Editor’s Notes: David Brent: Life on the Road is currently out in limited release.
At times it feels difficult, even impossible to determine where Ricky Gervais ends and David Brent begins. The British comedian’s seminal creation, an excruciatingly clueless, borderline misogynistic boss from the fiery pits of hell, has come to define his unpredictable, frequently uneven career. From his fearless Golden Globes hosting gigs to the arm-gnawingly awkward Invention of Lying, Gervais has displayed a remarkable insight into the mundane intricacies and eccentricities of modern life. Nowhere has this piercing, unsentimental lens been more apparent than his cult sitcom The Office, a show which birthed both Gervais’ illustrious reign and his most enduring character to date. 12 years after The Office’s poignant final note, Gervais has struck one final chord in this heartfelt, insipid and largely unnecessary big-screen outing. Though it lacks many of the despondent laughs that defined its predecessor, Life on the Road nonetheless imports the same potent blend of cringe, heart and astute observation.
Though it lacks many of the despondent laughs that defined its predecessor, Life on the Road nonetheless imports the same potent blend of cringe, heart and astute observation.
We are reunited with Brent in familiar territory; a beige, uninspiring office building somewhere in Middle England. Besides a minor shift in scenery, little has changed for the odious toad in behaviour or workplace popularity. He still grinds on the nerves of colleagues, makes hilariously inappropriate passes at out-of-his-league women and continues to hold an unshakable musical passion. He’s about to cash in the last of his pension and hit the road for a hopelessly ill-advised tour with his band Foregone Conclusion, along with reluctant rapper-come-protégé Dom Johnson (Ben Bailey-Smith, empathetic and engaging as a young talent caged by his loyalty to Brent’s not inconsiderable ego).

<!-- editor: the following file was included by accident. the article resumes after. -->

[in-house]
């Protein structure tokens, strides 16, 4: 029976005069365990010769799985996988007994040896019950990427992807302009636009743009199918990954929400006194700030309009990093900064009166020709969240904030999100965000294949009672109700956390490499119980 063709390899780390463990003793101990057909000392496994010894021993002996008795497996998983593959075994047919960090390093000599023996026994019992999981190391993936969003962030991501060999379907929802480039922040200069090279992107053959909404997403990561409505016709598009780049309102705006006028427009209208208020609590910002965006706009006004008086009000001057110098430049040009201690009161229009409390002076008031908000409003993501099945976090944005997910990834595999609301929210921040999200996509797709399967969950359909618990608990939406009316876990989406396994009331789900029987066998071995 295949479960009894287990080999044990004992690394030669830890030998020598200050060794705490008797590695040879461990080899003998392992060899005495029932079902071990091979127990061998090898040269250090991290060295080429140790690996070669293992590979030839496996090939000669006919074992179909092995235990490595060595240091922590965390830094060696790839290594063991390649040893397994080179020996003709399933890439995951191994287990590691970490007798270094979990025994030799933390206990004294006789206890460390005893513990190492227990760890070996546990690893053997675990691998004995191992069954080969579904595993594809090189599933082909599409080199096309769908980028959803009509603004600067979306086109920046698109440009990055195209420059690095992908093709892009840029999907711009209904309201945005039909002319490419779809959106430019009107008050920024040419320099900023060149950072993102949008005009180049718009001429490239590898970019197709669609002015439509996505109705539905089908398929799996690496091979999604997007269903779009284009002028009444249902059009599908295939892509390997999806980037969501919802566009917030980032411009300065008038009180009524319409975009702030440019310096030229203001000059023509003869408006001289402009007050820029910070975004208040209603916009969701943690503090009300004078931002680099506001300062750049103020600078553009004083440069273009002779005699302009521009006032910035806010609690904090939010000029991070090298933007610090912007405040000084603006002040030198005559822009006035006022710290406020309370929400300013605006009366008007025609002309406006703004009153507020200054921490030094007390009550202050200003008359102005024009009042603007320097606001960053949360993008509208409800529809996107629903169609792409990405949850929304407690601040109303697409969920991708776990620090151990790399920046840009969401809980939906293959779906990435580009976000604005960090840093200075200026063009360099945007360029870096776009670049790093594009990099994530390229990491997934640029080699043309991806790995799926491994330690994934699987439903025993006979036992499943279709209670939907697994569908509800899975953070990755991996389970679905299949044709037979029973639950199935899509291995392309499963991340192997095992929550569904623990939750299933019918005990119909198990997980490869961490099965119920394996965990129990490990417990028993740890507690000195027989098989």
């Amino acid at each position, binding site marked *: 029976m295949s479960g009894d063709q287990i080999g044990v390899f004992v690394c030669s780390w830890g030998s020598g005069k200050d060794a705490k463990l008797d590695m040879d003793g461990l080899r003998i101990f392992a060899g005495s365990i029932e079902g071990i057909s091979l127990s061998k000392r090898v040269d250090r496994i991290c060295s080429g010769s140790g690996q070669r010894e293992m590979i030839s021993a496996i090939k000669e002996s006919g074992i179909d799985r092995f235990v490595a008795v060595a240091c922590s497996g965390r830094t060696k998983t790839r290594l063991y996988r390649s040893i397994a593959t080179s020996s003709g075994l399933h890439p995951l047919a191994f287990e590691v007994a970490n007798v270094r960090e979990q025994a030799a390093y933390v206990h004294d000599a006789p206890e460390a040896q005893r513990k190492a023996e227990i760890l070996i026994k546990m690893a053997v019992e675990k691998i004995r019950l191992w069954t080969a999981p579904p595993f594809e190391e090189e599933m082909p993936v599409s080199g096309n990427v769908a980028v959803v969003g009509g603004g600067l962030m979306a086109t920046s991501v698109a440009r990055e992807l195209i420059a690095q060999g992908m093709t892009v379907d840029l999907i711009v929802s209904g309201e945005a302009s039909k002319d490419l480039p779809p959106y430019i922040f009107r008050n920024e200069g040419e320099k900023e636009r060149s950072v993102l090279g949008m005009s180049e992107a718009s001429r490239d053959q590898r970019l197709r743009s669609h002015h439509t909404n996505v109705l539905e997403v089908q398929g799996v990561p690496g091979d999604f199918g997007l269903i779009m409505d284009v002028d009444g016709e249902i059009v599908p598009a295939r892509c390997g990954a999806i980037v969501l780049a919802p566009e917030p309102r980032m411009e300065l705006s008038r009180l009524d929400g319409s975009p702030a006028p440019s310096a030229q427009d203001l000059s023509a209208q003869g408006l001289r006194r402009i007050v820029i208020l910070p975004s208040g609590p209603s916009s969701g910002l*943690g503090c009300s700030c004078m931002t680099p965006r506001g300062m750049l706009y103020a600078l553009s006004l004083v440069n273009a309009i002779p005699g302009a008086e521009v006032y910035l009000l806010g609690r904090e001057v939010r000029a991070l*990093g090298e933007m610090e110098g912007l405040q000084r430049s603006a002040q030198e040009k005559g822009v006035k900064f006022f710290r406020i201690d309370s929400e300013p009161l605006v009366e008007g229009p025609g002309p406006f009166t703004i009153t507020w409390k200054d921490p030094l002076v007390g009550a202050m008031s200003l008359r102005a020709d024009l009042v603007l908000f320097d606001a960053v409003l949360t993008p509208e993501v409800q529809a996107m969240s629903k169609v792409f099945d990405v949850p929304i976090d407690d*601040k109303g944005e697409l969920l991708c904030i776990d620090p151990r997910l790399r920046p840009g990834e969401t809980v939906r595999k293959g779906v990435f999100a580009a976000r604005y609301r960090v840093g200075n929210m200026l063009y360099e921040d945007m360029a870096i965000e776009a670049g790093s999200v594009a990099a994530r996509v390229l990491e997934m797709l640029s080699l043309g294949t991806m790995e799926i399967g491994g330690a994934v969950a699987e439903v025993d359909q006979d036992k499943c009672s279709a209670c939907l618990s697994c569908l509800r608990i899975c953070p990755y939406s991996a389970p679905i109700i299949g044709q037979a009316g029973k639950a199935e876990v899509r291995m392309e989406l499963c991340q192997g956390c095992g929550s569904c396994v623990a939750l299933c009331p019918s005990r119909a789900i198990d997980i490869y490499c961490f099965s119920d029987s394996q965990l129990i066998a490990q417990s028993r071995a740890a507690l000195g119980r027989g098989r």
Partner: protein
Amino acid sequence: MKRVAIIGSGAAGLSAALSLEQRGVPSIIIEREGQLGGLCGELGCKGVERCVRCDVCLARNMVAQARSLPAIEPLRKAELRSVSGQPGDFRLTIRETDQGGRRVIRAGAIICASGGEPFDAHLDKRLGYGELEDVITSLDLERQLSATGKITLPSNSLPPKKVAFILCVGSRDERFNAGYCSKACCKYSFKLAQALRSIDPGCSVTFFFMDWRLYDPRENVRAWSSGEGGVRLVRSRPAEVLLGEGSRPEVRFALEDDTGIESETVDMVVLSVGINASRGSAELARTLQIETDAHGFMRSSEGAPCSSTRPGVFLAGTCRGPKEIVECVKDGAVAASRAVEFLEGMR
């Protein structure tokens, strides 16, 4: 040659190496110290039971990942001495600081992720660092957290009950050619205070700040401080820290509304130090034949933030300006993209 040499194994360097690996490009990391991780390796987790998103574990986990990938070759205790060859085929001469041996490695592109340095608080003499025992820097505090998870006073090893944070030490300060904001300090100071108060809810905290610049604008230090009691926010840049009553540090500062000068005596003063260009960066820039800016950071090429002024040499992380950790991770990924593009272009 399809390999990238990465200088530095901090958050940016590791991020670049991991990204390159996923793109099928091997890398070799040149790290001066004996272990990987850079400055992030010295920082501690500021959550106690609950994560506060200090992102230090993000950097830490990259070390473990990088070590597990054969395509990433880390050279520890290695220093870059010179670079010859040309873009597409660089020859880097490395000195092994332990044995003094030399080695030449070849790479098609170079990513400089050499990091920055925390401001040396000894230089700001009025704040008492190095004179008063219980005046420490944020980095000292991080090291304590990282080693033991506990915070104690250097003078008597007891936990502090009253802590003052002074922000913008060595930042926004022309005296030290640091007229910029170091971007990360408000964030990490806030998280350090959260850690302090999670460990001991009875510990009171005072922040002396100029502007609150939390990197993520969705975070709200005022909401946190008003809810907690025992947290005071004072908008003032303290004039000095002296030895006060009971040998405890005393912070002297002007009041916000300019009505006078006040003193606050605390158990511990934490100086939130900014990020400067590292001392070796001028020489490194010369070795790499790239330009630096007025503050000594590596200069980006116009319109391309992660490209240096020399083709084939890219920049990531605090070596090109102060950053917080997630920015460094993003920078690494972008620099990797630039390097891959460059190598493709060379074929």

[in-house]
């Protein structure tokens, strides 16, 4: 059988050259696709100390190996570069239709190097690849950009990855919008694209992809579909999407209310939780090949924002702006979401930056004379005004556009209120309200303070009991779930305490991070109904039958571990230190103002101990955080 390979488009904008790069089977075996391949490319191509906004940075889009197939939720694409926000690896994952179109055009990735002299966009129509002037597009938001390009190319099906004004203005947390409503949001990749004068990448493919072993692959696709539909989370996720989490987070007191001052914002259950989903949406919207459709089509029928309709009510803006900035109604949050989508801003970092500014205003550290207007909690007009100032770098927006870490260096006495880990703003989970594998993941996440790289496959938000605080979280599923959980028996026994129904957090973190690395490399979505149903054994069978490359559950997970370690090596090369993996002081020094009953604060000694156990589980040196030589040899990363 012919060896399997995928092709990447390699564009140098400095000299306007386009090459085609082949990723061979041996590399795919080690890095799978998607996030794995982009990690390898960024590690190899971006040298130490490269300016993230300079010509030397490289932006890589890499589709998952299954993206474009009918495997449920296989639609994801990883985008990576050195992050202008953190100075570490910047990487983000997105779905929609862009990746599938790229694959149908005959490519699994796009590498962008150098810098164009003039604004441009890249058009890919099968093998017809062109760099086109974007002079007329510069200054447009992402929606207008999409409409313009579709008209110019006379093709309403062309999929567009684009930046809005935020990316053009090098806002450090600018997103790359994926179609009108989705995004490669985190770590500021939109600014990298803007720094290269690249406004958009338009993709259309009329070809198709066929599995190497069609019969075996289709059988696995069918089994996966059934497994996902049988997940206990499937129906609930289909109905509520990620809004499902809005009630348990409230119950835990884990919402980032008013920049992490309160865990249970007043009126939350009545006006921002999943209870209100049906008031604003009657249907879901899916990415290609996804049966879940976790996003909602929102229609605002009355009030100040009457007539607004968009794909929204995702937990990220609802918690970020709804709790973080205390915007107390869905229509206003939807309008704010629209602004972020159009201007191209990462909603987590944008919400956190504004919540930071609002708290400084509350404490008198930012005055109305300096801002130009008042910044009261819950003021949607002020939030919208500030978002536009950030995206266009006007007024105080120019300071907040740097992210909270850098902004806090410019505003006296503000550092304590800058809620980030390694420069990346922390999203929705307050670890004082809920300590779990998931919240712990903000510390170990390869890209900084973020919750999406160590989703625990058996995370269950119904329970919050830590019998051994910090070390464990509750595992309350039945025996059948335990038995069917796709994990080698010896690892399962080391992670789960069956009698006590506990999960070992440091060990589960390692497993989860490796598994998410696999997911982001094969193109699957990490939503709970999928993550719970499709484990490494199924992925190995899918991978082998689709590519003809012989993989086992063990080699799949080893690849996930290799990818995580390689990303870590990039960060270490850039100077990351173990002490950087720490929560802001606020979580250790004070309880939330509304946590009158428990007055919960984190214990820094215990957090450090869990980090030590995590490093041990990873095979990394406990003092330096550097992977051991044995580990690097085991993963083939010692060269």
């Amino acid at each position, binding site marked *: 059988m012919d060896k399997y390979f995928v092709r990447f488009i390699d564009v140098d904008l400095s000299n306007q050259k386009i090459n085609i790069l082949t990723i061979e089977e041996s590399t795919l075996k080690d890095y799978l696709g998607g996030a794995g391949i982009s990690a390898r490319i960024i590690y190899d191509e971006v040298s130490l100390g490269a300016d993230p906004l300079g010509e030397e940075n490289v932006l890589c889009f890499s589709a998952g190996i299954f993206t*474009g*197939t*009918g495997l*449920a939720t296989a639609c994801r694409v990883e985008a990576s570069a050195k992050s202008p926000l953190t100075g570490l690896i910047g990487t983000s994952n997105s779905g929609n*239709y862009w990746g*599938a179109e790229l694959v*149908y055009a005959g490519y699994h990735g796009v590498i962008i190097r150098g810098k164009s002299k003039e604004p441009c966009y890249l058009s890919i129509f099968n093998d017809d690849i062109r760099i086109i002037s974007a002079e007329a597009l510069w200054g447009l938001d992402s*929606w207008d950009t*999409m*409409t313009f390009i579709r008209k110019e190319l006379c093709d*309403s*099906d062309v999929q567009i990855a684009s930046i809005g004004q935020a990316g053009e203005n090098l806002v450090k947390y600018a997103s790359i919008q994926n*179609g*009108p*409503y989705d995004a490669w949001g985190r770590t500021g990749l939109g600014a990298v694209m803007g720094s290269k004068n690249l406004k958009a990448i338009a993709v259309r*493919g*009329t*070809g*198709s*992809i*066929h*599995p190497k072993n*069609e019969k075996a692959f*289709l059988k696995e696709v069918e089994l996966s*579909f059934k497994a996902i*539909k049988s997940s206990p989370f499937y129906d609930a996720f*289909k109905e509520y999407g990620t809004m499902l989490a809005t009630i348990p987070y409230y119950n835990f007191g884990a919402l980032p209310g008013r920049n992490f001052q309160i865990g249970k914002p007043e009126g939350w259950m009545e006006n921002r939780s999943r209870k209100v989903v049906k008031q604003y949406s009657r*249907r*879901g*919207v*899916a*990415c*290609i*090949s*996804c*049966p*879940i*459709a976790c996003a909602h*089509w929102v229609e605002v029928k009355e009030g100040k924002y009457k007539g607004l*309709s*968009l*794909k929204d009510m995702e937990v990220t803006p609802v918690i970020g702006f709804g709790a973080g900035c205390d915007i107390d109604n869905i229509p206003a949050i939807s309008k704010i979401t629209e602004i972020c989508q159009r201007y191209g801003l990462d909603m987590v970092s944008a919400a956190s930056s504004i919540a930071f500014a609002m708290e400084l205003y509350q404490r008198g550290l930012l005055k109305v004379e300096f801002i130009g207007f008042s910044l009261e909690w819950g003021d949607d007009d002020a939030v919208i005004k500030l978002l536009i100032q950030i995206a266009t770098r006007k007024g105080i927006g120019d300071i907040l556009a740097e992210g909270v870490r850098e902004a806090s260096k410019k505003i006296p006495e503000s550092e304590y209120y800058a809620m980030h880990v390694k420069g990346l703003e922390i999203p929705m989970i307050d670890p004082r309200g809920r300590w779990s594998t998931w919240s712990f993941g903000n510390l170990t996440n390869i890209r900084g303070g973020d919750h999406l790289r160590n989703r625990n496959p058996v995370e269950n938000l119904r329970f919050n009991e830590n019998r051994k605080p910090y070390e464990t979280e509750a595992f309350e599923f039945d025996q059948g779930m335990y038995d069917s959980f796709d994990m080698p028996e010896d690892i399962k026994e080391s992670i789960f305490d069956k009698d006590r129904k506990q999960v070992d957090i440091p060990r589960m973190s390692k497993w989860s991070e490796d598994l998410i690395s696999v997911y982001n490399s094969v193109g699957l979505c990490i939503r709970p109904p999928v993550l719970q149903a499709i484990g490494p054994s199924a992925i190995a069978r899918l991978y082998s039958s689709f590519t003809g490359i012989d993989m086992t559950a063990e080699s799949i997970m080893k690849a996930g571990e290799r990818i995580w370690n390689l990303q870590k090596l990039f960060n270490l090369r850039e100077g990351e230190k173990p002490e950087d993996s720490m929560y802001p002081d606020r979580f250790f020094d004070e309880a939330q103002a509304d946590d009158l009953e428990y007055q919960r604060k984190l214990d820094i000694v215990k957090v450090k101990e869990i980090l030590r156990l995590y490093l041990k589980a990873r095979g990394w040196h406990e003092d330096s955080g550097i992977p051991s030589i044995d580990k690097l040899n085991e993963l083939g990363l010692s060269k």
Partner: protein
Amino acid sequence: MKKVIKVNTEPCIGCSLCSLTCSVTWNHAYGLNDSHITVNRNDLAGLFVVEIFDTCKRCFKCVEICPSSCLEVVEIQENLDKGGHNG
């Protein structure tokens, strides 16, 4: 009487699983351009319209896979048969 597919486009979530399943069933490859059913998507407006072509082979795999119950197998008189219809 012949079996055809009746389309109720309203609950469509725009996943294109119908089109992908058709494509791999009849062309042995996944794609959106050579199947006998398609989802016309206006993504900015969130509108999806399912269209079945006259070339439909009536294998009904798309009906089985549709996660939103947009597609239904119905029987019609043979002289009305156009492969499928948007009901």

Gervais himself experienced brief fame as frontman for new wave group Seona Dancing, and his genuinely impressive singing voice lends Brent an added layer of tragedy. He could well achieve great fame and fortune, if only he weren’t such a pillock. The uncomfortably gentrified reggae track Equality Street and painfully offensive power ballad Native American undercut unmistakable pure intentions with Wikipedia-level nuance. Gervais relies on similar shock tactics for the film’s musical and comedic standouts, namely rally cry Don’t Make Fun of the Disableds (made increasingly unbearable by Brent’s continued dialogue with a wheelchair user in his tiny audience) and an extended monologue questioning the origin of women’s bodily fluids. Those exchanges feel directly ripped from a lost Office tapes, as does Gervais’ proficient documentarian style.
Each cast member delivers a naturalistic turn, invariably a degree of resigned disbelief at Brent’s extraordinary ineptitude.
Life on the Road follows the same mockumentary format, presenting the footage as a follow-up special on Brent’s televisual (mis-)adventures. Each cast member delivers a naturalistic turn, invariably a degree of resigned disbelief at Brent’s extraordinary ineptitude. Unfortunately, a 90-minute feature refuses the ensemble to truly come alive as people besides the titular star and Johnson’s audience-surrogate sidekick. This becomes an overwhelming issue towards the last act, where the exasperated band take a sudden, seemingly random liking towards Brent. This haphazard, frankly lazy writing undercuts the finale’s emotional impact, rendering much of the latter half largely pointless.
Although packed with the authenticity and wit that won The Office its worldwide success, Life on the Road’s insistence on racial and sexual humour quickly grows tiresome, leaving many scenes flat, inert wasteland with few inventive punchlines to offset the oppressive discomfort. Gervais certainly retains his brutal eye for everyday British life, but Life on the Road feels like one day at the office too many for this once-revolutionary talent.
Gervais certainly retains his brutal eye for everyday British life, but Life on the Road feels like one day at the office too many for this once-revolutionary talent.